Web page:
Location University of Newcastle, UK
Date and time
Monday 5 September 2022
08:00 - 16:30 (London GMT)
11:00 - 19:30 (Ankara UTC+3)
The conference will take place on the centenary of the 1922 forced displacement that followed a decade of warfare between Greece and the Ottoman Empire. The 1923 Treaty of Lausanne legalised the forced movement of more than a million Greek Christians to Greece and that of approximately 400,000 Muslims to Turkey. The departure and arrival of both sets of refugees left indelible marks on both states and societies with the memory of refugeedom remaining strong today among all those of refugee descent.
Fast forward 100 years, Greece and Turkey are again at the epicentre of forced migrations, in what has become known as “Europe’s refugee crisis”. Greece is one of the main gateways to the EU for thousands of people on the move every year, while Turkey hosts the largest number of refugees worldwide. However, migration to, settlement in, and movement between the two countries is met with a number of challenges for forced migrants: the militarisation of borders, the erection of physical barriers, economic crises, political instability, populism, power politics, old rivalries, and a pandemic have posed insurmountable obstacles to people seeking refuge in recent times.
The centenary of the Greco-Turkish population exchange offers an opportunity to reflect on how forced migrations are remembered, lived, experienced and governed in the two countries and beyond.
Day 1 Programme:
9:30 – 10:00 Violetta Hionidou and Dimitris Skleparis; Welcome from the HASS PVC Nigel Harkness; and John Bennett, Director of the BSA
Chair: Violetta Hionidou, Newcastle University
10.00 – 10.15 Kristina Gedgaudaitė, Princeton University, in-person
Restorying Migration: Displacement, Memory and Counter-histories in Comics Form
10.15 – 10.30 Çağdaş Varol & Yasin Özdemir, Ege University, in-person
Written memories of an exchanged Turkocretan
10.30 – 11.00 Questions and Comments
Chair: Dimitris Skleparis, Newcastle University
11.00 – 11.15 Georgios Kritikos, Harokopio University Athens, online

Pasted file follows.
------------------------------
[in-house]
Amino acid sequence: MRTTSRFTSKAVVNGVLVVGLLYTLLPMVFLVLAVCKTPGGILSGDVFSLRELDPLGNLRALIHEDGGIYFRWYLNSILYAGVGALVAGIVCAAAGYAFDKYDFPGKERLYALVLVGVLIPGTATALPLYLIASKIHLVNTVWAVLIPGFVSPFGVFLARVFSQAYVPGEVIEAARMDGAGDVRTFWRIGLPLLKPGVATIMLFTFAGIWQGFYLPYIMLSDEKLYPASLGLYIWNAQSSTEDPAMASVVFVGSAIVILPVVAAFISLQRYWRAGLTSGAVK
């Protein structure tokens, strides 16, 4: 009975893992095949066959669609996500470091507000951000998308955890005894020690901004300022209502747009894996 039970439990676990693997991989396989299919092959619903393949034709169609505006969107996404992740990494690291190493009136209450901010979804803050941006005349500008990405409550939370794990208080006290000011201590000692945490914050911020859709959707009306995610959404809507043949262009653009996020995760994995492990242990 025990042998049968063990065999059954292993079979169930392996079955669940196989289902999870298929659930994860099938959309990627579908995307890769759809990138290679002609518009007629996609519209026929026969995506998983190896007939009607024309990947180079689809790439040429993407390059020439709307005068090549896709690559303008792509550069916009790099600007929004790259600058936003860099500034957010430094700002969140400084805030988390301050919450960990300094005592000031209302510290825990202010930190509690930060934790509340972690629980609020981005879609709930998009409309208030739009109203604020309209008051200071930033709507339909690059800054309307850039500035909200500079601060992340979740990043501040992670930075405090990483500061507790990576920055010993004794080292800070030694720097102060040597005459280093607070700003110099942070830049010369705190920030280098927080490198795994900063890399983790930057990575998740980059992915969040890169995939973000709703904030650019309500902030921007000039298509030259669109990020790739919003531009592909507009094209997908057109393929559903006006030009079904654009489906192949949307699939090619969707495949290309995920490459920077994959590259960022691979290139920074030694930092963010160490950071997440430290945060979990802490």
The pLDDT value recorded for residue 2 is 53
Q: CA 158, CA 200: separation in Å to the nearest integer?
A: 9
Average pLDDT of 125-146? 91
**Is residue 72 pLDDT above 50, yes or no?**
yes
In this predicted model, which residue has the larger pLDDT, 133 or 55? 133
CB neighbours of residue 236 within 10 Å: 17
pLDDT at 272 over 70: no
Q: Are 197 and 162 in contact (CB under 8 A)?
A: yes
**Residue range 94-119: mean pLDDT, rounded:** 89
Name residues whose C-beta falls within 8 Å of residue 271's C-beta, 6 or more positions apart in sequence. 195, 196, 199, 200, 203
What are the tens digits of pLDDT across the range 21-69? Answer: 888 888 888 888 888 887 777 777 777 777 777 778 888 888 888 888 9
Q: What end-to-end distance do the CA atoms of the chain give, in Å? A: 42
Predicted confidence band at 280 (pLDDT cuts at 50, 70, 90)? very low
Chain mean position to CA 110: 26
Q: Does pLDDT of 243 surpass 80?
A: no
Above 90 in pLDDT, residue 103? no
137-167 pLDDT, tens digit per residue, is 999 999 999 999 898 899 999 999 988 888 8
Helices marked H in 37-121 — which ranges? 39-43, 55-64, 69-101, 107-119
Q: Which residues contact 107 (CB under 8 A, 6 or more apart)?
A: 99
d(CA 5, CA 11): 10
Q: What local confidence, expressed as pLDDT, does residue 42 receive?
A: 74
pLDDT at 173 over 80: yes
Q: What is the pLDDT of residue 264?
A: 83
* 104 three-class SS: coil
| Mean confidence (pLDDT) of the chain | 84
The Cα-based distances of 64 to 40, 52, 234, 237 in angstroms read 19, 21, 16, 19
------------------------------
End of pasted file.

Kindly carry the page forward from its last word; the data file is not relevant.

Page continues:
Places of Greeks and spaces of refugees: The case of Asia Minor refugees in the 1920s
11.15 – 11.30 Emilia Salvanou, Democritus University of Thrace, online
From the margins to the center of national memory: the adventures of refugee memory from 1922 to the present
11.30 – 12.00 Questions and Comments
12.00 – 13.00 Lunch
Chair: Terri Teo, Newcastle University
13.00 – 13.15 Laura Brody, Charles University & Paul-Valery University, online
‘I’m not Greek, I’m Imvriot’: Diasporic Identities in Greece and Turkey
13.15 – 13.30 Sevcan Ercan Graham, Istanbul Medeniyet University, online
Recalling the Homeland: Return Migration to the island of Imbros/Gökçeada
13:30 – 14.00 Questions and Comments
Chair: Terri Teo, Newcastle University
14.00 – 14.15 Eleftheria Daleziou, American School of Classical Studies at Athens, online
Fleeing through the Aegean Sea: Orphans and unaccompanied minors in Greece under the aegis of the Near East Relief following the Asia Minor Greek-Turkish War of 1922.
14.15 – 14.30 Gözde Emen-Gökatalay, Atılım University & Semih Gokatalay, University of California, San Diego, online
The integration of Refugee children into Turkish society in the Early Republican Era
14.30 – 15.00 Questions and Comments 15.00 – 15.30 Coffee & Tea Break
Chair: Daniel-Joseph MacArthur-Seal, British Institute At Ankara
15.30 – 15.45 Stelios Michalopoulos Brown University, Vassilis Logothetis & Elias Papaioannou, online
Refugees in the Mediterranean: Political Consequences
15.45 – 16.00 Filyra Vlastou – Dimopoulou, Emmy Karimali, Eirini Avramopoulou & Panagiota Koutrolikou, National Technical University of Athens and Panteion University, online
Embodied geopolitics and negotiations of belongings from Turkey to Athens
16.00 – 16.30 Questions and Comments
Chair: Deniz Yonucu, Newcastle University
16.30 – 16.45 Panagiotis Karagkounis, Manchester University- HCRI & Georgios Giannakopoulos, City University of London/ King’s College London, in-person
Forced Migrations, Humanitarianism and Human Trafficking: the case of the Anatolian Greeks revisited
16.45 – 17.00 Clara De La Hoz Del Real, University of Paris-Saclay & Humacoop-Amel France, in- person
A critical review of the configuration of power relationships between humanitarian actors and asylum seekers in Samos Island (on-going research)
17.00 – 17.30 Questions and Comments
Sponsored by: Newcastle University, British School at Athens and The British Institute at Ankara.
With the support of: The Greek Politics Specialist Group – GPSG and The Turkish Politics Specialist Group of the Political Studies Association, and the Society for Modern Greek Studies.